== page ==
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March also saw us cover, for the third year, the Yorkshire Gymnastics Regional Finals at Haltemprice Sports Centre. This is an absolute gem for us as its so local we can literally leave home 15 minutes before our access time. As it was our third year we knew exactly what was involved, what was expected and how we would deliver it all.

The day went smoothly and actually finished on time, which is a massive bonus for us, allowing us to have an evening meal at a most sensible time for once. Photography wise this location does not have the best of lighting and so the ISO’s are rather high. As this doesn’t bode well for cropping the pressure to capture things in an almost printable version is high. Not the easiest thing to do though once you work out what sells, where the gymnasts are doing those moves, you simply position yourself and hope things fall into place along with some good general imagery.

Its also great that they all have such a sense of fun too.

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The remainder of March was mopped up with equestrian work and another superb, one off, job which will be getting its own entry on the blog. Loch Lomond anyone?

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February saw us have an almost complete calendar filled with equestrian competitions other than one weekend of gymnastics in Wigan for the NDP 3 qualifying.

The equestrian work continues to grow and our images have been used in both the Equestrian Life and Horse & Hound Publications since we began. As I have mentioned before the work is not particularly difficult other than standing outside for several hours at a time. When the weather is kind, the job is great though if the weather is not so good then it can be a real headache. With persistent rain I usually start shooting and see how things go. Sadly if the images are being spoilt by the intensity of the rain and its affect on the images then I pack up and go home. I did stick it out in the early months of 2017 though quickly realised that we had not, and still have not, sold a single image when it is either raining or misty.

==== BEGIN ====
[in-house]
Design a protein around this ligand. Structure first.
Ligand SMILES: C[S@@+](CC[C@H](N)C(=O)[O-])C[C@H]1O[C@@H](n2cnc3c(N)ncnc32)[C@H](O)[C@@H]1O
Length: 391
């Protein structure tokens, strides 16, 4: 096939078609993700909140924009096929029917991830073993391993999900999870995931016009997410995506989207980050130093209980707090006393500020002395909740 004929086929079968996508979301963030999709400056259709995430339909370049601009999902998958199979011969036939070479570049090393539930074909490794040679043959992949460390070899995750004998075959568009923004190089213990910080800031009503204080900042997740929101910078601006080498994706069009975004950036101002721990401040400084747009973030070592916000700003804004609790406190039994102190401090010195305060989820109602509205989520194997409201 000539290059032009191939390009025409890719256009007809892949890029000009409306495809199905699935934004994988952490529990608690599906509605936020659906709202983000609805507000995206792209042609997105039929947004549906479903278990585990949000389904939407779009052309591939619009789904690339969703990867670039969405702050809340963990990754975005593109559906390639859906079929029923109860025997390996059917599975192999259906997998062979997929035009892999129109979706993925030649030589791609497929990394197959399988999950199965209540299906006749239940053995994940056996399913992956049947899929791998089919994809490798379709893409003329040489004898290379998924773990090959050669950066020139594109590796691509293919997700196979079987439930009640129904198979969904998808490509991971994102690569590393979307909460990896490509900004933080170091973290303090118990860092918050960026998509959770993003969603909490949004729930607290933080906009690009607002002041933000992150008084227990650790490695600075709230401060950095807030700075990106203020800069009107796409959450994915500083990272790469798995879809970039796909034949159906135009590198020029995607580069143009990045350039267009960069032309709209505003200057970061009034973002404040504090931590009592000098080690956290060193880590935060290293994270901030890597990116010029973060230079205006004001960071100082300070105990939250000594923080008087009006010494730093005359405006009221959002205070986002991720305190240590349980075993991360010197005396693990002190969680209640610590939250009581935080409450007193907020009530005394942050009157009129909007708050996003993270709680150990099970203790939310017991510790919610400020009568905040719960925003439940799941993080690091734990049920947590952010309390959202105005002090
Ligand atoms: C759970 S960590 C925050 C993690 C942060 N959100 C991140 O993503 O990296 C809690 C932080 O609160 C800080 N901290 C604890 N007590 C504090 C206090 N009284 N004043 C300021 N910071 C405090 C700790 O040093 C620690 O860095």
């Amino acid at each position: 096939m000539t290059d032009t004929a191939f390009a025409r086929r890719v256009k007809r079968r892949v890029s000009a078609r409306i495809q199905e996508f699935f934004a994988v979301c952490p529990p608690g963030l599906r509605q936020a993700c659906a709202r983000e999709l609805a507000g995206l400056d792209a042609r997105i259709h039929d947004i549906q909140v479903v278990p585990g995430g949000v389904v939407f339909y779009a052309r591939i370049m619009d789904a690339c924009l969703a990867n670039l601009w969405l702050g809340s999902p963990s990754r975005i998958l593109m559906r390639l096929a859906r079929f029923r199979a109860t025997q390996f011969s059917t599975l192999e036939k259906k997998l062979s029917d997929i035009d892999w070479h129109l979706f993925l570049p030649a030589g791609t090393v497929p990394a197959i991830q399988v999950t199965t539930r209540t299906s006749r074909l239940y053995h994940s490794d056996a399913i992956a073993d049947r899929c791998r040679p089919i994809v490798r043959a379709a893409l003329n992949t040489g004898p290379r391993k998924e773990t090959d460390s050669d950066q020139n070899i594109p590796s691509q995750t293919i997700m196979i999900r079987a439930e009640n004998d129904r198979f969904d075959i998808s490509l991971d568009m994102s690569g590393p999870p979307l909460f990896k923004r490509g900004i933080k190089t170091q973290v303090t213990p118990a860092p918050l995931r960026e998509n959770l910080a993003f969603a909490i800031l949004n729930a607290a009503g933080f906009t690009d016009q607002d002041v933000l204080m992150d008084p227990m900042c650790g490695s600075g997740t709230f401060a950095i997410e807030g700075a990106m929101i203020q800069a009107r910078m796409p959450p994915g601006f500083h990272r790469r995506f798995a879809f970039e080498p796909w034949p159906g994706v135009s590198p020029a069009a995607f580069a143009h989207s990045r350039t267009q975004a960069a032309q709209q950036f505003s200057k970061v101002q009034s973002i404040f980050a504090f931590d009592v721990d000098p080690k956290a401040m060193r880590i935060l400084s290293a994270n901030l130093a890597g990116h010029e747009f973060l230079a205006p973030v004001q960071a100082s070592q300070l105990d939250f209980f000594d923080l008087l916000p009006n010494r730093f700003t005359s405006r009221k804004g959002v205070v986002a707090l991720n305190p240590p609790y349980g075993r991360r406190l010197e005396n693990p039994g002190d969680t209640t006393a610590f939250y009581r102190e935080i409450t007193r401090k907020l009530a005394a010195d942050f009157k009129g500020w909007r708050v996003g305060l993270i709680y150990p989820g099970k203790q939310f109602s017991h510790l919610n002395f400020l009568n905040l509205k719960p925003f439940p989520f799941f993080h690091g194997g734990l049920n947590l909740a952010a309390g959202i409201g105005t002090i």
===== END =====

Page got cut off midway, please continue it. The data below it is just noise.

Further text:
Thankfully all of the dates that I covered in February all stayed dry and so I captured full days of competition.

The NDP 3 Qualifying event at Wigan was almost a repeat of the NDP 2 event, the previous month. More fierce competition with competitors trying to grab the all important points to take them into the national rounds. Again the day was a success for us on both the image and sales fronts, though thats now it at Wigan until the Autumn when the NW Championship series returns.

Some equestrian images including jumps.

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November is an odd month for us in that we have been booked to cover the Yorkshire, North West and North East Schools BSGA Trampoline Competitions for the last four years. This leaves us with little room to squeeze anything else in. This year however saw the North East committee leave things so late that the only weekend they could secure a venue we were already booked (covering the NW event) so we had to decline the booking. Whilst we were saddened not to be covering it, and indeed it wasn’t covered by any photographer, we did have the backup of the equestrian work and a late gymnastics event booking too.